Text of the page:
“The results of this paper suggest that long-term exposure to air pollution increases vulnerability to experiencing the most severe COVID-19 outcomes,” the authors wrote.”
“The paper found that if Manhattan had lowered its average particulate matter level by just a single unit, or 1 microgram per cubic meter, over the past 20 years, the borough would most likely have seen 248 fewer COVID-19 deaths by this point in the outbreak.”
Pollution from a factory. (photo: Science Focus)
New Research Links Air Pollution to Higher Coronavirus Death Rates
07 April 20
oronavirus patients in areas that had high levels of air pollution before the pandemic are far more likely to die from the infection than patients in cleaner parts of the country, according to a new nationwide study that offers the first clear link between long-term exposure to pollution and Covid-19 death rates.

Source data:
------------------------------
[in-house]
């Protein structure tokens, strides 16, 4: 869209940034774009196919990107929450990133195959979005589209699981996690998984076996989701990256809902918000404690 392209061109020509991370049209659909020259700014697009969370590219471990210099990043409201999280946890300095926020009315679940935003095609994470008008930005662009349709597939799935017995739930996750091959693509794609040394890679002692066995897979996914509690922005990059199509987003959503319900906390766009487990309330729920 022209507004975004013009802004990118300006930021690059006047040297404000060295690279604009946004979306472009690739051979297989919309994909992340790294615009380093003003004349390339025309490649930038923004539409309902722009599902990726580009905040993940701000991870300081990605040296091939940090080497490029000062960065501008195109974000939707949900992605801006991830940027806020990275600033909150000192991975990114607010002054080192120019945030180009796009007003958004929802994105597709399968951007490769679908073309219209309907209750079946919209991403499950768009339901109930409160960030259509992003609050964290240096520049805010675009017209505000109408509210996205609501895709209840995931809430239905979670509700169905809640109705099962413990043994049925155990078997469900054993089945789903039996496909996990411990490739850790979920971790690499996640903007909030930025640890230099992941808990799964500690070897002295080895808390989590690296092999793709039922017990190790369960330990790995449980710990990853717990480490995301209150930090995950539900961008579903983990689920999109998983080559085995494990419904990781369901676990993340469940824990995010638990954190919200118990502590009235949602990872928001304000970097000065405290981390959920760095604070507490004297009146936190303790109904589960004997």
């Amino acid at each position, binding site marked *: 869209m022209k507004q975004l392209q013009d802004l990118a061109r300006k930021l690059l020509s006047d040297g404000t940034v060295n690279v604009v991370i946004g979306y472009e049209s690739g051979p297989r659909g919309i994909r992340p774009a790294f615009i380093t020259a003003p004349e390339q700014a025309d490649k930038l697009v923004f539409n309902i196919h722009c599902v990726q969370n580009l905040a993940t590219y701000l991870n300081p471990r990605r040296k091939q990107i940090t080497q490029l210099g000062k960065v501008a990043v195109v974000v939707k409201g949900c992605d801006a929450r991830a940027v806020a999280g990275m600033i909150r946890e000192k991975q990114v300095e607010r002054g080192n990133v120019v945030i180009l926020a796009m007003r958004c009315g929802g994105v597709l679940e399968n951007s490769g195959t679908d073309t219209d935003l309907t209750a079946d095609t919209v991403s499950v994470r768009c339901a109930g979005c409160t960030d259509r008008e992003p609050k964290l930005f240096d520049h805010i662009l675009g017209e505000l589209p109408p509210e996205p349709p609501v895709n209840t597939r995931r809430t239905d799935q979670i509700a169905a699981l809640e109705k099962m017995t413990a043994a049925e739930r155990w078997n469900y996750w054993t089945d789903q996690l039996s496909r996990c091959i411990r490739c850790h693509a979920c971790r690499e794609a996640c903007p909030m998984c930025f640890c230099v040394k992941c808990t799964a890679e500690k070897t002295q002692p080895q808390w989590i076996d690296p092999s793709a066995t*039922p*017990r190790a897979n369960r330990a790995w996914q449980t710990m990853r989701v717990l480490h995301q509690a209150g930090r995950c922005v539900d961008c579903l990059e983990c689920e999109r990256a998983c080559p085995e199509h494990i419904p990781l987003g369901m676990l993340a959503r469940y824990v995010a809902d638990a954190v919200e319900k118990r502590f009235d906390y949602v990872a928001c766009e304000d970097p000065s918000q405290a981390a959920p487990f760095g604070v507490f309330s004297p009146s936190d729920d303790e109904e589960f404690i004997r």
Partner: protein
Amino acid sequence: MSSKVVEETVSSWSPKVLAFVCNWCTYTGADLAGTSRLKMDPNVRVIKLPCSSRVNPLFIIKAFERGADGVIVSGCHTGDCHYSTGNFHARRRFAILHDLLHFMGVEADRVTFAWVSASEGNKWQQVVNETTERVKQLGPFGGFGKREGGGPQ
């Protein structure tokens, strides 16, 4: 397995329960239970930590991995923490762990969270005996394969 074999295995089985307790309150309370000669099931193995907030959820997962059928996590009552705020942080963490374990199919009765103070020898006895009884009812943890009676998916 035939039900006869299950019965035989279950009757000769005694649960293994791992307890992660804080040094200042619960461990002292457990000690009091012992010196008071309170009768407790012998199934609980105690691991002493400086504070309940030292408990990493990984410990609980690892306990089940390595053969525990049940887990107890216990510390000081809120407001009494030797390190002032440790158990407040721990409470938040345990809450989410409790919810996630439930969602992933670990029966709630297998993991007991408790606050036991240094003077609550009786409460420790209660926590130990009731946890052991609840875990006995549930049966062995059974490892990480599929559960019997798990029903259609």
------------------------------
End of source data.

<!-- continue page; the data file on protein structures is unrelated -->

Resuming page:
In an analysis of 3,080 counties in the United States, researchers at the Harvard University T.H. Chan School of Public Health found that higher levels of the tiny, dangerous particles in air known as PM 2.5 were associated with higher death rates from the disease.
For weeks, public health officials have surmised a link between dirty air and death or serious illness from Covid-19, which is caused by the coronavirus. The Harvard analysis is the first nationwide study to show a statistical link, revealing a “large overlap” between Covid-19 deaths and other diseases associated with long-term exposure to fine particulate matter.